Again, if you aren’t talking about private property, then what? It doesn’t seem that hard. What smoking regs are about though IS PRIVATE PROPERTY. Restaurants – bars – clubs. Banning smoking from places regardless of what the owner wants for his own business.

    That most certainly is anti-freedom.

    And I don’t smoke and, when my daughter is with me, don’t go to places that allow it. But thanks to the big government, that is getting easier and easier.

    Comment by KJ — February 7, 2006 @ 8:12 pm
  15. Question: Does second hand smoke cause harm?

    Eric’s Answer: I don’t know because there are conflicting pieces of evidence. But, there is at least some evidence that it does.

    So, assume for a moment that second hand smoke in enclosed spaces conclusively causes harm to non-smokers.

    That being the case, due to the publicity of this, smokers are aware that their activity can cause other people harm. This means that smoking in enclosed spaces with non-smokers present is akin to assault. If we believe that government is instituted to protect our life, liberty and property then government has an obligation, based on that social contract, to take action to prevent smoking in enclosed spaces.

    That is the basis of the argument for regulating smoking in enclosed spaces. If you subscribe to the philosophy that your right to do as you please stops one inch short of your fist hitting my nose, then you should agree with this position, as long as it is true that second hand smoke causes injury. The real question then, is whether that is the case, or not. Assuming, of course, that you agree that the reason we institute government is to protect life, liberty and property. That sentence created an implied negative about someone who didn’t agree with regulating second hand smoke that wasn’t appropriate to an open conversation. Rather than simply delete it, I thought it was more appropriate to strike it out and explain why.

    Comment by Eric — February 7, 2006 @ 8:46 pm
  16. Just adding to these thoughts. If the above assumptions are true, bear in mind that second hand smoke is not voluntary in the same sense that smoking marijuana, drinking alcohol or driving your car fast is.

    On a side note, I don’t think government regulation is the solution. Market forces will correct the problem, if it needs to be corrected. Enough people feel that second hand smoke is a problem that restaurants that don’t allow smoking will do just fine, for example. Market forces will allow for choice, which government regulations don’t.

    That said, if the situation is actually harmful, as depicted by some of the evidence, government regulation of an activity that causes harm to others is not as unduly anti-freedom as it is often portrayed. The flip side, of course, is that it may not be particularly harmful. In which case it fits right in with the other environmental activist nonsense. The real issue is that we have government regulation based on the precautionary principle, which is absolutely the wrong answer for dealing with public policy.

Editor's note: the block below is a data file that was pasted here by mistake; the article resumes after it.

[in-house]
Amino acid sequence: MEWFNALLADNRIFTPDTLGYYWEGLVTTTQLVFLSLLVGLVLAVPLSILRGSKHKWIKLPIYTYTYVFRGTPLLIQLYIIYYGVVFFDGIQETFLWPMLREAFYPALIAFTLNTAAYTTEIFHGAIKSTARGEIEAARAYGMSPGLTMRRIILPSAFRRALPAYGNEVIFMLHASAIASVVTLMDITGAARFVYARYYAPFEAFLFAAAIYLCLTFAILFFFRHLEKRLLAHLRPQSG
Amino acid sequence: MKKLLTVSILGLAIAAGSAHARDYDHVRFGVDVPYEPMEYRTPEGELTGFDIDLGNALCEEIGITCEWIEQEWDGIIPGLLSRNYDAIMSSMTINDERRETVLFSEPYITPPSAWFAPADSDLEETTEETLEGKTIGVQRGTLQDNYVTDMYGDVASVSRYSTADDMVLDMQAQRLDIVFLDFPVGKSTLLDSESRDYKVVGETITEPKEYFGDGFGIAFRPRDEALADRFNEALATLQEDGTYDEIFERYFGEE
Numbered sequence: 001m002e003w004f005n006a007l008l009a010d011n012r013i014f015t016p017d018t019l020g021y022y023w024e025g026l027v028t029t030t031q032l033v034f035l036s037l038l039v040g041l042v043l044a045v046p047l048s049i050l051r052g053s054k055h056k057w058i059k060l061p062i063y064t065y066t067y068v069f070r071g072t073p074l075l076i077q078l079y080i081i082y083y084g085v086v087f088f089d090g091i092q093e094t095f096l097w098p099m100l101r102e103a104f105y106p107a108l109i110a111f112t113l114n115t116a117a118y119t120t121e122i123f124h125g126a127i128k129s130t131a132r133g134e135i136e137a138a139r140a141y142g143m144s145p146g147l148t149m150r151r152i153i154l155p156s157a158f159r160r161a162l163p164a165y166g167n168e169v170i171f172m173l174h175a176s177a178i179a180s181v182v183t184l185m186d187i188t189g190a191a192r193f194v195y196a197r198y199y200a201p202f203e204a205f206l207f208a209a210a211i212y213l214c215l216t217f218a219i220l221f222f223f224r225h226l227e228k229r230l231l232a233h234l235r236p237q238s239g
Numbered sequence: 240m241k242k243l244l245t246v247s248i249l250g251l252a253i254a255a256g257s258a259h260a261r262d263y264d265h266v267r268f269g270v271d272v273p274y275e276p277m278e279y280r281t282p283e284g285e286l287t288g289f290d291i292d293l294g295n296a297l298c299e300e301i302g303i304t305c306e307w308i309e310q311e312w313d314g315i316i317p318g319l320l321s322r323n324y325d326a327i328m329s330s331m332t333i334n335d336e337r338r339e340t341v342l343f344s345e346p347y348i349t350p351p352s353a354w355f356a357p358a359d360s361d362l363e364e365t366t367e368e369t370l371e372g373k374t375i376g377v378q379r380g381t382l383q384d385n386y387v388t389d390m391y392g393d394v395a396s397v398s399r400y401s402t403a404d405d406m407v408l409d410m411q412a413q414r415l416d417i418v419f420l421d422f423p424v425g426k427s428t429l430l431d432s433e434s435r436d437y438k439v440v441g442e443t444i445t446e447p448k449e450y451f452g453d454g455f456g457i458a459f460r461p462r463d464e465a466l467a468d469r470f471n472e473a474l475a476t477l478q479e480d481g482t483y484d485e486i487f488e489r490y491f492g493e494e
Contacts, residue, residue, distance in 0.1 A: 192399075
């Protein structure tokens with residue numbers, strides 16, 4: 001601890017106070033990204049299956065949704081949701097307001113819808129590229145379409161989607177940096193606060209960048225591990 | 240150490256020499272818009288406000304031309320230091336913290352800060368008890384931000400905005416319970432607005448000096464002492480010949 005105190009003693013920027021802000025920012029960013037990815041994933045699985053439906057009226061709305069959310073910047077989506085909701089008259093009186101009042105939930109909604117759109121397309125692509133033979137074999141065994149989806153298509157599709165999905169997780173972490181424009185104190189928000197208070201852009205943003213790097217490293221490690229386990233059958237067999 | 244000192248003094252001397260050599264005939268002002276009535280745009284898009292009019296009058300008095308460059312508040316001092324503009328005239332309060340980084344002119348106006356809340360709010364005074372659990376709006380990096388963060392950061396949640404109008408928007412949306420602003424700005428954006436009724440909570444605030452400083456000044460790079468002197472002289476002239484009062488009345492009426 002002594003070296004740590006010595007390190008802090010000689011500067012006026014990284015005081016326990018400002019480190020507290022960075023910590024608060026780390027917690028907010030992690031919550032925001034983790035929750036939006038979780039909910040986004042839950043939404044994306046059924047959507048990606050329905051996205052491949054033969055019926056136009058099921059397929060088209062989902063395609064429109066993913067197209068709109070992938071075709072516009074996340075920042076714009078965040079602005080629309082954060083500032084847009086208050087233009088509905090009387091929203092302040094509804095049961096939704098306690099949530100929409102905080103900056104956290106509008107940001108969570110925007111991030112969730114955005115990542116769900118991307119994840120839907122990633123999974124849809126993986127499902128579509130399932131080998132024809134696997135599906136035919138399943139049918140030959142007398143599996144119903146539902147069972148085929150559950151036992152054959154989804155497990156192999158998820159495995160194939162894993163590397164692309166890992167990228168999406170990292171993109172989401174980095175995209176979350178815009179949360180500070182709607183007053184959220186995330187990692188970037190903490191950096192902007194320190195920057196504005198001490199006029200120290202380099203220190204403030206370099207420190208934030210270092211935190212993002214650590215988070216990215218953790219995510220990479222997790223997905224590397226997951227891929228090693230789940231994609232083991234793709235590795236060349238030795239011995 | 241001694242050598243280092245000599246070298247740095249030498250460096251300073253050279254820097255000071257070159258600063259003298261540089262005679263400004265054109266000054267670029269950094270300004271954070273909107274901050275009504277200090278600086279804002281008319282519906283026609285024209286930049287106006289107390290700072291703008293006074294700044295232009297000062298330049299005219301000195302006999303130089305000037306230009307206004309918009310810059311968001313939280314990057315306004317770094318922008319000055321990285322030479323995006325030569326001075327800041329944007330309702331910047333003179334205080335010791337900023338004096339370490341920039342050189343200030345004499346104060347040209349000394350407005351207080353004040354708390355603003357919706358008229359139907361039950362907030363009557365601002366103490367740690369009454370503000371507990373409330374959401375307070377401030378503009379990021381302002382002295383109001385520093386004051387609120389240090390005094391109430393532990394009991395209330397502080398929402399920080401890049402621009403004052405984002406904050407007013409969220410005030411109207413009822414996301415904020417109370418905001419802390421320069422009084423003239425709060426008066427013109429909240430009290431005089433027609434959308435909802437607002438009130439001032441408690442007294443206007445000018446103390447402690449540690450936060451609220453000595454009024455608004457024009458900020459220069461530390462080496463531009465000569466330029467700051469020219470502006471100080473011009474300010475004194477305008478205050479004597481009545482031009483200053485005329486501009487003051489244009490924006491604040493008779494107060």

Comment by Eric — February 7, 2006 @ 10:59 pm
  17. Eric said:
    That being the case, due to the publicity of this, smokers are aware that their activity can cause other people harm. This means that smoking in enclosed spaces is akin to assault.

    “Akin to assault?” What in the hell are YOU smoking.

    Comment by John Newman — February 8, 2006 @ 8:56 am
  18. John, if you do something that causes injury or harm to another person, if it isn’t assault, what is it?

    Comment by Eric — February 8, 2006 @ 8:45 pm
  19. Have you stopped to consider that this is a valid topic to be discussed? Or that your points are not strengthened through nasty comments? Or looked at whether taking a position contrary to the conventional wisdom of the group and defending it is a valid means to understanding the debate?

    Or do you just indulge in ad hominem discussions when you don’t like what someone says?

    Comment by Eric — February 8, 2006 @ 9:10 pm
  20. Eric, do you ever read what you write? I mean, some of it is idiotic. It is not that I disagree with it, it is that there is no other word to describe it.

    And then you ask me if I have stopped to consider that this a valid subject to consider. DUH!!! I’m the one that started the discussion.

    And please don’t start with that ad hominem attack crap. If a person is retarded, you call him retarded; if he is short, you call him short; if he says something stupid, you point out he said something stupid.

    Saying a smoker who exhales smoke in the presence of another person is assaulting him is stupid and idiotic. There just are no other words for such a comment and it is obvious that you cannot carry on a discussion without resorting to nonsense.

    Comment by John Newman — February 9, 2006 @ 4:10 pm
  21. John:

    1. You didn’t bother to consider the logic at all. I’ll explain in small words. If you know something is harmfult others and you do it anyway, then you have intentionally caused harm.

    2. You don’t like it, but when you attack the person by calling them “idiotic” or “stupid” you are using a personal attack to try and invalidate the idea. That is an ad hominem attack. You clearly don’t understand the logical fallacy of such an argument.

    3. You didn’t try to start a discussion, you tried to bash someone because you don’t agree with them.

    Because of the above, this discussion is done. If you continue this sort of behavior I’ll ban you by email and IP address. You are more than welcome to discuss anything you want on this blog. You are more than welcome to disagree with anyone. But the continued use of personal attacks is not welcome, nor conducive to a constructive discussion.

    Comment by Eric — February 11, 2006 @ 12:41 pm
  22. 1. Really? Would that be like an injurious truth as compared to an injurious lie?

    2. I didn’t call you an idiot or stupid, I said your statement was.

    3. No, I pointed out that Meslon was no better than a Nazi in his attitude to smoking. You may want to look into the Nazi treatment of smokers if you think I’m kidding.

    4. Now we know free speech is not welcome here.

    btw, do you stand by your statement that second hand smoke is akin to assault?

    Comment by John Newman — February 11, 2006 @ 2:20 pm